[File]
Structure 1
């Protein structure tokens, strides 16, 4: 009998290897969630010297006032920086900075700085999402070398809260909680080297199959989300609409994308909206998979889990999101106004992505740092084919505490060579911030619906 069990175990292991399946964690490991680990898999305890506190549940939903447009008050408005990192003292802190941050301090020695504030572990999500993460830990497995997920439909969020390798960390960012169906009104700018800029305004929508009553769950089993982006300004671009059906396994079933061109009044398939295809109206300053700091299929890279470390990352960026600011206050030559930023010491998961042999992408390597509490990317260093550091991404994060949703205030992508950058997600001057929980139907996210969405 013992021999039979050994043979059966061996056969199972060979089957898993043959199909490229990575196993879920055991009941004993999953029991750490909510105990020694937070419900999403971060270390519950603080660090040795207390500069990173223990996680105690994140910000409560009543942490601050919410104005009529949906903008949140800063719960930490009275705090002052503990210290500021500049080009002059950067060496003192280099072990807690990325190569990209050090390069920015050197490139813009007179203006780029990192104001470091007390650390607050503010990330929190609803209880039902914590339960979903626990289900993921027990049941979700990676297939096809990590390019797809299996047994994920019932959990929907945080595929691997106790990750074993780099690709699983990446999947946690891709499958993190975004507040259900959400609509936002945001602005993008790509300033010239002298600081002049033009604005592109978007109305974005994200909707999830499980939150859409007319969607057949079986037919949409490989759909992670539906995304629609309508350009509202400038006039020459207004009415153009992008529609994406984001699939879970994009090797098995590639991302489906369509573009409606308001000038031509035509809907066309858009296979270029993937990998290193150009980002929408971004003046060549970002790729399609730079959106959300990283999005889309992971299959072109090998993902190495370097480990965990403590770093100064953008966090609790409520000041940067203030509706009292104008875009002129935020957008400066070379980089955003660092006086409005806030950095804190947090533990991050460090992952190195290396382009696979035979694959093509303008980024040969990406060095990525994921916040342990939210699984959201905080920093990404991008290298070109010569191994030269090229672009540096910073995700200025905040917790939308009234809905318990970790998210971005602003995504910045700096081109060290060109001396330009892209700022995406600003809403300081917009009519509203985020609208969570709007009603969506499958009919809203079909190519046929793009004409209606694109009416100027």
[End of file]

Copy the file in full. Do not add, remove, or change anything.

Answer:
Structure 1
């Protein structure tokens, strides 16, 4: 009998290897969630010297006032920086900075700085999402070398809260909680080297199959989300609409994308909206998979889990999101106004992505740092084919505490060579911030619906 069990175990292991399946964690490991680990898999305890506190549940939903447009008050408005990192003292802190941050301090020695504030572990999500993460830990497995997920439909969020390798960390960012169906009104700018800029305004929508009553769950089993982006300004671009059906396994079933061109009044398939295809109206300053700091299929890279470390990352960026600011206050030559930023010491998961042999992408390597509490990317260093550091991404994060949703205030992508950058997600001057929980139907996210969405 013992021999039979050994043979059966061996056969199972060979089957898993043959199909490229990575196993879920055991009941004993999953029991750490909510105990020694937070419900999403971060270390519950603080660090040795207390500069990173223990996680105690994140910000409560009543942490601050919410104005009529949906903008949140800063719960930490009275705090002052503990210290500021500049080009002059950067060496003192280099072990807690990325190569990209050090390069920015050197490139813009007179203006780029990192104001470091007390650390607050503010990330929190609803209880039902914590339960979903626990289900993921027990049941979700990676297939096809990590390019797809299996047994994920019932959990929907945080595929691997106790990750074993780099690709699983990446999947946690891709499958993190975004507040259900959400609509936002945001602005993008790509300033010239002298600081002049033009604005592109978007109305974005994200909707999830499980939150859409007319969607057949079986037919949409490989759909992670539906995304629609309508350009509202400038006039020459207004009415153009992008529609994406984001699939879970994009090797098995590639991302489906369509573009409606308001000038031509035509809907066309858009296979270029993937990998290193150009980002929408971004003046060549970002790729399609730079959106959300990283999005889309992971299959072109090998993902190495370097480990965990403590770093100064953008966090609790409520000041940067203030509706009292104008875009002129935020957008400066070379980089955003660092006086409005806030950095804190947090533990991050460090992952190195290396382009696979035979694959093509303008980024040969990406060095990525994921916040342990939210699984959201905080920093990404991008290298070109010569191994030269090229672009540096910073995700200025905040917790939308009234809905318990970790998210971005602003995504910045700096081109060290060109001396330009892209700022995406600003809403300081917009009519509203985020609208969570709007009603969506499958009919809203079909190519046929793009004409209606694109009416100027």